If you have student loans, you’ve no doubt heard someone mention refinancing student loans as an option. You may have even heard that it will save you a bunch of money.
But, how much can you actually save? How does refinancing actually save you that money?
In this post, we’ll break down how you can save money on your student loans by refinancing. Then we’ll address what it means for you as a borrower.
Average savings by refinancing student loans
There are many sites and lenders operating online–and they’re quick to tell you how much borrowers save by refinancing their loans. Many of them have relatively easy and fast forms you can fill out (without necessarily committing anything) to show you just how much you can save.
Here are some examples:
Marketplace allows borrowers to quickly see and compare rate offers from multiple lenders
Marketplace connects borrowers with not-for-profit credit unions and community banks
How you save money
When you refinance your student loans, there are three main ways to save money:
1. Lower interest rate
Want to save a bunch of money on your loans? Try lowering your interest. Knocking a few percentage points off of your loans can end up saving you thousands of dollars. Interest accrues quickly and will add up before you know it.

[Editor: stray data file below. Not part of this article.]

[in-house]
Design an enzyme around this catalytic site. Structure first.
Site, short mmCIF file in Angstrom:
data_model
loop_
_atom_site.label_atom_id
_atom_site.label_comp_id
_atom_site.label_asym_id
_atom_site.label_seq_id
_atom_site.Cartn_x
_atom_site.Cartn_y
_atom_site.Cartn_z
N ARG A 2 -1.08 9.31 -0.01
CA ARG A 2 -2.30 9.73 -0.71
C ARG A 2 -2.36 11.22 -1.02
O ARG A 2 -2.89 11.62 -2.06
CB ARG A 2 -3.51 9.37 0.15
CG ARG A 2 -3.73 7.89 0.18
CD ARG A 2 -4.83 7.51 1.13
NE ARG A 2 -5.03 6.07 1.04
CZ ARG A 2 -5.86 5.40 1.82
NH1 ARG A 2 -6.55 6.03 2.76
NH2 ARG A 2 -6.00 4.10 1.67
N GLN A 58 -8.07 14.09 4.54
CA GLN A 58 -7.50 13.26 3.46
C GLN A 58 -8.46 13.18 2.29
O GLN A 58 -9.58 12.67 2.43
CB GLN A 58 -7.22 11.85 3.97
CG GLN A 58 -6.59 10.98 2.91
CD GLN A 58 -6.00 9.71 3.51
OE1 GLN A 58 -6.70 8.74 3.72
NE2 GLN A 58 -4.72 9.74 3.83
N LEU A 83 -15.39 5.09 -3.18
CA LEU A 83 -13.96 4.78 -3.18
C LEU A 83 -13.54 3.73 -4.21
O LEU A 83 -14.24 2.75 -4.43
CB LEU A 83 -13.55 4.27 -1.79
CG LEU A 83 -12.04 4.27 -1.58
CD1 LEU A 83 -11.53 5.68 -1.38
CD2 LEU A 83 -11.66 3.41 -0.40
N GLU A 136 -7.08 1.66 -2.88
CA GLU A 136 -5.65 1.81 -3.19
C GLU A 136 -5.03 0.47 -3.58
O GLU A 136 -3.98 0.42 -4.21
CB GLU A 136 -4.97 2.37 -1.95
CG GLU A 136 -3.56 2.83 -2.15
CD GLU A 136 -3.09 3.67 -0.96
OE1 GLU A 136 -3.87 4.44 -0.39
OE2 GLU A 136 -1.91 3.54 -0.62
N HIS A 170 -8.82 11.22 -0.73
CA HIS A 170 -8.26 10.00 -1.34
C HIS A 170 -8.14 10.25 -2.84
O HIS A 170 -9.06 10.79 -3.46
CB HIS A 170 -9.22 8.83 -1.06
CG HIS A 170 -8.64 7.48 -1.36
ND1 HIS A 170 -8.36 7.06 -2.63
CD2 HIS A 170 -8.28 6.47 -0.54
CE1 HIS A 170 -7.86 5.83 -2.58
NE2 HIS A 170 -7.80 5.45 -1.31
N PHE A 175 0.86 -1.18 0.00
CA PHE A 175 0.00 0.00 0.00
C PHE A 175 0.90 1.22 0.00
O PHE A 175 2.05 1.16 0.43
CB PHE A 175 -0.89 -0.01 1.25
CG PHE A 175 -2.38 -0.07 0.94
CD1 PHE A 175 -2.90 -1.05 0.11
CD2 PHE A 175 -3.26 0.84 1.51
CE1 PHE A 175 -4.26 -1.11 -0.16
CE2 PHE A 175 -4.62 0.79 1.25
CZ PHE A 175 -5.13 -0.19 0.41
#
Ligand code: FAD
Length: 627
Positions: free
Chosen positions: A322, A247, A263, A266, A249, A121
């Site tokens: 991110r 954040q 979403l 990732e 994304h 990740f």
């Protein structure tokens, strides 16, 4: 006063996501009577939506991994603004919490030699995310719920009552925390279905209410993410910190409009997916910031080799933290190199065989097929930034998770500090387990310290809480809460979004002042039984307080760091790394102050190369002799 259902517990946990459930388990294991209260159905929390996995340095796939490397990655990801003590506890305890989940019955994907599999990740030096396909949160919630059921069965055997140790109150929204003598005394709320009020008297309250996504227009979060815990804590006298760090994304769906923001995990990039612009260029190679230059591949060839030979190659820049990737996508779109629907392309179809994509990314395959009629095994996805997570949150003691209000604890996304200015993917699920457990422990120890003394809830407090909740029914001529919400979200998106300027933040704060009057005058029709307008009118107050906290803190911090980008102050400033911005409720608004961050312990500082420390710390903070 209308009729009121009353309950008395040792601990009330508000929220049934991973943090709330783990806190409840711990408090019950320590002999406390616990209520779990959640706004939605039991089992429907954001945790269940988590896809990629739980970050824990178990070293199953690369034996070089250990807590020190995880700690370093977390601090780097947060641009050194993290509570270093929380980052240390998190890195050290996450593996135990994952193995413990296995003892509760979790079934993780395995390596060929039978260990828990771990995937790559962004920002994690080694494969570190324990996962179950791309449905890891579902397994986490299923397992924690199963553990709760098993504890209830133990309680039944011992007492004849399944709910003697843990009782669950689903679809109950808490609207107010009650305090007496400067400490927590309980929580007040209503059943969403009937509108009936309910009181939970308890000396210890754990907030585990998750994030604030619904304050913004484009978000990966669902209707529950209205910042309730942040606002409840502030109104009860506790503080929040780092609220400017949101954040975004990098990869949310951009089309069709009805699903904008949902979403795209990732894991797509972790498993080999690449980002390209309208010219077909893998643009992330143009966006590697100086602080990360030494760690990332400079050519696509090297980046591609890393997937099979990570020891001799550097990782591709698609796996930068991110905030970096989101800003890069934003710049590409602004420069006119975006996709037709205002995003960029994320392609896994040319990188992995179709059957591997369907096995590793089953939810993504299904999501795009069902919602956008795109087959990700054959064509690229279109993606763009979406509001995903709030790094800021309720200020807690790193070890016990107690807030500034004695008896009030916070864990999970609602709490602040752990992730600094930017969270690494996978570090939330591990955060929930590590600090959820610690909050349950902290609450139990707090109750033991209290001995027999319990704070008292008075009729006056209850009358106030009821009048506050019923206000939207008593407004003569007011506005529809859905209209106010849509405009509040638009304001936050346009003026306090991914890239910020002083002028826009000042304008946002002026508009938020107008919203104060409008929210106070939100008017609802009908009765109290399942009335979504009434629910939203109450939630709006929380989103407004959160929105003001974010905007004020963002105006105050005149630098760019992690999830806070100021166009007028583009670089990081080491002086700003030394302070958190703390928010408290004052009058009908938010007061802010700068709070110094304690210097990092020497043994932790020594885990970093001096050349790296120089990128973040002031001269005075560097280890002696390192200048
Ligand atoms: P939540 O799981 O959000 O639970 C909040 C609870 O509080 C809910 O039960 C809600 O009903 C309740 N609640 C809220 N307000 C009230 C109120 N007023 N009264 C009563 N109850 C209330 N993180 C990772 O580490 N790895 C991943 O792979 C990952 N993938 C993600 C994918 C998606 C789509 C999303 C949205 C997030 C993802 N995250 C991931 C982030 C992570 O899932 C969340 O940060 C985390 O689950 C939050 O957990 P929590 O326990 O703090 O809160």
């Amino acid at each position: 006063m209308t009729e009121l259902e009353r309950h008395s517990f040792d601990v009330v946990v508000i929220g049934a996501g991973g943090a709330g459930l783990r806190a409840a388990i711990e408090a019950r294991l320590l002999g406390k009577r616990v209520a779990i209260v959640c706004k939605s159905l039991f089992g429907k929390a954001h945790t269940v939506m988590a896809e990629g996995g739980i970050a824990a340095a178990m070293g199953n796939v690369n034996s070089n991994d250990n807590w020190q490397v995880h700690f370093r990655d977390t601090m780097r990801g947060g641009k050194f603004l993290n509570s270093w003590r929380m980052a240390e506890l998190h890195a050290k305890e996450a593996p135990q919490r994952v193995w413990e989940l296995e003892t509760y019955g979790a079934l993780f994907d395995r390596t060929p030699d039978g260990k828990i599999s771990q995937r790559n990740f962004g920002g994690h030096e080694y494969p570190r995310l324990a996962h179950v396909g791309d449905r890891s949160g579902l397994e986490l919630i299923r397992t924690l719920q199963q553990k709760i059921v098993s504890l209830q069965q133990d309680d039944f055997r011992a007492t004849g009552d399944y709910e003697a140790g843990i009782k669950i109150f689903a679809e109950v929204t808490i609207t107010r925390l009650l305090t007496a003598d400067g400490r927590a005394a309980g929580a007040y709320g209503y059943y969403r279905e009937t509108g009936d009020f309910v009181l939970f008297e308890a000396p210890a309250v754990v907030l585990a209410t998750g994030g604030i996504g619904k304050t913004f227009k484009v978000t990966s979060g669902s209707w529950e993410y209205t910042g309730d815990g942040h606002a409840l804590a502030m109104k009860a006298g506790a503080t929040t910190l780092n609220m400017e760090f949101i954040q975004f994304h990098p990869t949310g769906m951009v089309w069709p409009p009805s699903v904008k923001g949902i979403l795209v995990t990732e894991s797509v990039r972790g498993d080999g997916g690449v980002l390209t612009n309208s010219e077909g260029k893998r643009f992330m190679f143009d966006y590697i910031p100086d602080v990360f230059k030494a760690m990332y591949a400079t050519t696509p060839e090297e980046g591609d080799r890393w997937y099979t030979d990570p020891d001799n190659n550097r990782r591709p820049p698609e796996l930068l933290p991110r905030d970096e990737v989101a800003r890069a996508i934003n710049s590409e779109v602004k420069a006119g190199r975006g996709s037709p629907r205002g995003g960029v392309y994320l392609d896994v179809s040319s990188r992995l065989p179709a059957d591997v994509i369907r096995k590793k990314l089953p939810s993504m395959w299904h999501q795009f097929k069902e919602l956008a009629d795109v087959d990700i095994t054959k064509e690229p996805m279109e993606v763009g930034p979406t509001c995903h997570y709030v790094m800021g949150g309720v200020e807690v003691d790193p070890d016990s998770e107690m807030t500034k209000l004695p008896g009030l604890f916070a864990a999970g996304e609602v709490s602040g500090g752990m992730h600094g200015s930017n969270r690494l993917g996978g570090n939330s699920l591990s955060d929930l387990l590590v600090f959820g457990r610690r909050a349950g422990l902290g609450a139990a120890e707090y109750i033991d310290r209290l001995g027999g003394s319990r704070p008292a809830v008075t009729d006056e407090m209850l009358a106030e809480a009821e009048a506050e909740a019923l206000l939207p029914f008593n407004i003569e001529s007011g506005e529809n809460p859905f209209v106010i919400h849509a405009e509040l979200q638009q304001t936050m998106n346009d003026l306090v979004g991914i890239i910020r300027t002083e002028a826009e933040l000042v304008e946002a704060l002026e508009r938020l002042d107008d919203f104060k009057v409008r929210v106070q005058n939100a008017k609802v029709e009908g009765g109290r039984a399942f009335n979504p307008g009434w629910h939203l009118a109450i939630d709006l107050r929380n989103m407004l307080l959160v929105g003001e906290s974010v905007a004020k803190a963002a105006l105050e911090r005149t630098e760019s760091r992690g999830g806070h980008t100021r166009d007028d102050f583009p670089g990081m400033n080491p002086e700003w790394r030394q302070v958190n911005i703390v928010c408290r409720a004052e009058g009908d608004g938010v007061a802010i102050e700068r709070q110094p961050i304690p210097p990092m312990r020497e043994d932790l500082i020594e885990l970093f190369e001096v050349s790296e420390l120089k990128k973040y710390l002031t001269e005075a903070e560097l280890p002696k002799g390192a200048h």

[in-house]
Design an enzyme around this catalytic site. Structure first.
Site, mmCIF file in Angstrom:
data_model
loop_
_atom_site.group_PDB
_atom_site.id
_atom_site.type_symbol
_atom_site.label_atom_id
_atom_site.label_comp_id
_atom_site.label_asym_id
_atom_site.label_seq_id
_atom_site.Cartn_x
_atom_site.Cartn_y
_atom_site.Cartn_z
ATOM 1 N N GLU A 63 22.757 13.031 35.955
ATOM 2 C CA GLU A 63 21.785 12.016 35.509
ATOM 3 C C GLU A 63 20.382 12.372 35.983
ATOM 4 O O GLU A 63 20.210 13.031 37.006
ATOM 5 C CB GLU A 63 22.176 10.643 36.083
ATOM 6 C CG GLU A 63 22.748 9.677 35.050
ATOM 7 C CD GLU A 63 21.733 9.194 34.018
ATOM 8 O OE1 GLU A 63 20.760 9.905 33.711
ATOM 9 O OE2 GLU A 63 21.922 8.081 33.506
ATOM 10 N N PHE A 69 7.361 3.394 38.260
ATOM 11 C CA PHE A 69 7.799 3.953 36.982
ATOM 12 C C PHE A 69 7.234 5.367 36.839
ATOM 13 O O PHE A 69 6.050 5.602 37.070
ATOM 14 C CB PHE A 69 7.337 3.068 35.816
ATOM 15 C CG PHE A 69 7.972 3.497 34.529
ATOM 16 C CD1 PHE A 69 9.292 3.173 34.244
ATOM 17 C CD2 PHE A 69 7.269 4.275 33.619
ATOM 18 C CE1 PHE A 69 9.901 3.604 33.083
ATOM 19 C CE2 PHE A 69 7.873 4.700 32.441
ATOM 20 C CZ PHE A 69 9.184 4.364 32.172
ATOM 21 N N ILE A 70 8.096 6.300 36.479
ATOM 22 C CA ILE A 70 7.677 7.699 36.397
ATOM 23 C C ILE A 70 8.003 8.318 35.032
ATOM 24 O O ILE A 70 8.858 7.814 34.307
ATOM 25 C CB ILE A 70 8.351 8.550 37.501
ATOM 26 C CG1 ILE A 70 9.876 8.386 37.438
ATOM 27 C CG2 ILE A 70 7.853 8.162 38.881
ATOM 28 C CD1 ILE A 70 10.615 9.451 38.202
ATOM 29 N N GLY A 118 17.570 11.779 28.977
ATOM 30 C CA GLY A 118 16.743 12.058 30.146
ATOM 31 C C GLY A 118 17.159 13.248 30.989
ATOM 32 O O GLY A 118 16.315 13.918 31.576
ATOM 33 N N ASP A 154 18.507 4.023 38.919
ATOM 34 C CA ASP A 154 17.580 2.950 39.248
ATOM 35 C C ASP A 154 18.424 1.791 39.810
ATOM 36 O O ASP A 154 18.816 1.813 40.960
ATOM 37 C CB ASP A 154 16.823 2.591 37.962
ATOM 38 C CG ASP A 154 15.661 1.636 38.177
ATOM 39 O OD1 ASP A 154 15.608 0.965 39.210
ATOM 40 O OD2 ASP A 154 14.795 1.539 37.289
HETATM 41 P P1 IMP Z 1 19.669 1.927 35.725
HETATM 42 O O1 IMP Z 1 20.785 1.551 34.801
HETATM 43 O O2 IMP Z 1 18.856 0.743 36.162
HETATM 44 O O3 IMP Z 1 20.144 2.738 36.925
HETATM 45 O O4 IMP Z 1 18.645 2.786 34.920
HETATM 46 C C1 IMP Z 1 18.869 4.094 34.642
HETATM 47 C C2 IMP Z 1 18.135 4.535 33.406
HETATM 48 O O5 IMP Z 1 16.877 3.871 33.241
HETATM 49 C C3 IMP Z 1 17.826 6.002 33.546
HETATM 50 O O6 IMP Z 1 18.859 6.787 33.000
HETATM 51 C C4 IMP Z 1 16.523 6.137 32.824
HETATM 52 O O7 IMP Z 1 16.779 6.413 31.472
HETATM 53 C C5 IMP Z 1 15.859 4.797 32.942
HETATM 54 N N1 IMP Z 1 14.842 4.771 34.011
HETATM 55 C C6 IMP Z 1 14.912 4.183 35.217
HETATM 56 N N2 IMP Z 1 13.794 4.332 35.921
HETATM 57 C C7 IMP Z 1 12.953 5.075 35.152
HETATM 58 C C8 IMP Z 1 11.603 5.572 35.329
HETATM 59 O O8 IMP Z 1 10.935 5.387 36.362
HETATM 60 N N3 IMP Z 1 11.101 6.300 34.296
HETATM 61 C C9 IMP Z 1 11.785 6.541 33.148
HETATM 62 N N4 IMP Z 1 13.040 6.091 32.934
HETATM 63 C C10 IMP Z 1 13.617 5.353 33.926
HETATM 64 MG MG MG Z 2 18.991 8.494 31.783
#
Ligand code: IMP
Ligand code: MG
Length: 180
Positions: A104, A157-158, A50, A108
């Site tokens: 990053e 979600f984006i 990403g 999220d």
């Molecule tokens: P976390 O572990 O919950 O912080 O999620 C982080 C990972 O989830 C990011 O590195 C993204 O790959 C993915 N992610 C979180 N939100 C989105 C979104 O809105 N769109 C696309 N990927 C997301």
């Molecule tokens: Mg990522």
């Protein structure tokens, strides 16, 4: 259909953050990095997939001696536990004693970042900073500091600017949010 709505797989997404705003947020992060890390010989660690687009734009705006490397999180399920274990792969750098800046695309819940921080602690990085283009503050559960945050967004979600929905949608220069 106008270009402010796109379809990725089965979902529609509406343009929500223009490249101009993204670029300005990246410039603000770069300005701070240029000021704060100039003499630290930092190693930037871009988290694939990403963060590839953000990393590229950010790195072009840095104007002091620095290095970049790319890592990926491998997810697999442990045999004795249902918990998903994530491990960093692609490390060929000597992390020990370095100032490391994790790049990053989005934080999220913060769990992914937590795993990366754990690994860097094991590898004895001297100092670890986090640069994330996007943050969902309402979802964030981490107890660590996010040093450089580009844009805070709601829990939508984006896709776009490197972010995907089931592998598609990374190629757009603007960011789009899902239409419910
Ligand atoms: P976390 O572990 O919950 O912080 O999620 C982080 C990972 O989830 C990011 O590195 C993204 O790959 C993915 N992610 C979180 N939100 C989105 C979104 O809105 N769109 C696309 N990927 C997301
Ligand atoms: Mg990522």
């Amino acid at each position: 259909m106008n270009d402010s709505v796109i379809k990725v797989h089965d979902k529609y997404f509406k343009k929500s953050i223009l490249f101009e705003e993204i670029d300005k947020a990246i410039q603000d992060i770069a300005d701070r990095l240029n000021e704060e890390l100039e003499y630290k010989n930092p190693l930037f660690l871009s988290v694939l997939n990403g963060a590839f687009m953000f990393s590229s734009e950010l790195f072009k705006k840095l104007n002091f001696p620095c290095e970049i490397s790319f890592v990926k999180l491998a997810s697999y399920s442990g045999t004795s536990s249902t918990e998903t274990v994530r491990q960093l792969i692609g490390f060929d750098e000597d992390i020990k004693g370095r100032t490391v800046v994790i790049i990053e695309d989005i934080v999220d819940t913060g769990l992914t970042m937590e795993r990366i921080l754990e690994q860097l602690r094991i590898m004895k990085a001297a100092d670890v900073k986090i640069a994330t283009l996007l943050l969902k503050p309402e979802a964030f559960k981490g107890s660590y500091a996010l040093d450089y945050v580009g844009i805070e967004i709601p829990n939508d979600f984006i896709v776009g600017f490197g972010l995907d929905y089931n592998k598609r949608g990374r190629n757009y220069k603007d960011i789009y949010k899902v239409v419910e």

2. Better terms
Take a 10-year student loan repayment at 5% interest with a balance of $20,000 and knock it down to an 8-year loan. You’ve just saved almost $1,200 in interest. By qualifying for better (shorter) repayment term, you can save a ton on interest payments. Though you end up paying more every month, you ultimately pay off your loans faster. Of course, only do this if you are financially comfortable doing so.
3. Lower interest AND better terms
If you want it all–and you should–then you can combine lower interest with a better repayment term to get even more savings. Not everyone’s loans will be in a position to get the benefits of both, but it can make a huge difference.
If you’re thinking short term–like, reducing your monthly payment on student loans–then you can also often refinance your loans over a longer term, meaning you make more payments, but you pay less each month. Many private lenders offer refinancing for up to 20 or 25 years. Though you’ll be repaying for longer, you take some of the burden off your shoulders each month.
How much you can save
Of course, the “average” savings doesn’t mean much unless you fit the description.
Your savings will depend on how much outstanding debt you have, your current interest rate and repayment terms, and what offers you receive from new lenders.
You’ll receive an estimate pretty easily by getting a quick rate check. The only thing you’ll need to know is your approximate total loan balance.
You don’t need to make a huge commitment to see how much you could save by refinancing your student loans.
Many sites offer you quick, free rate estimates: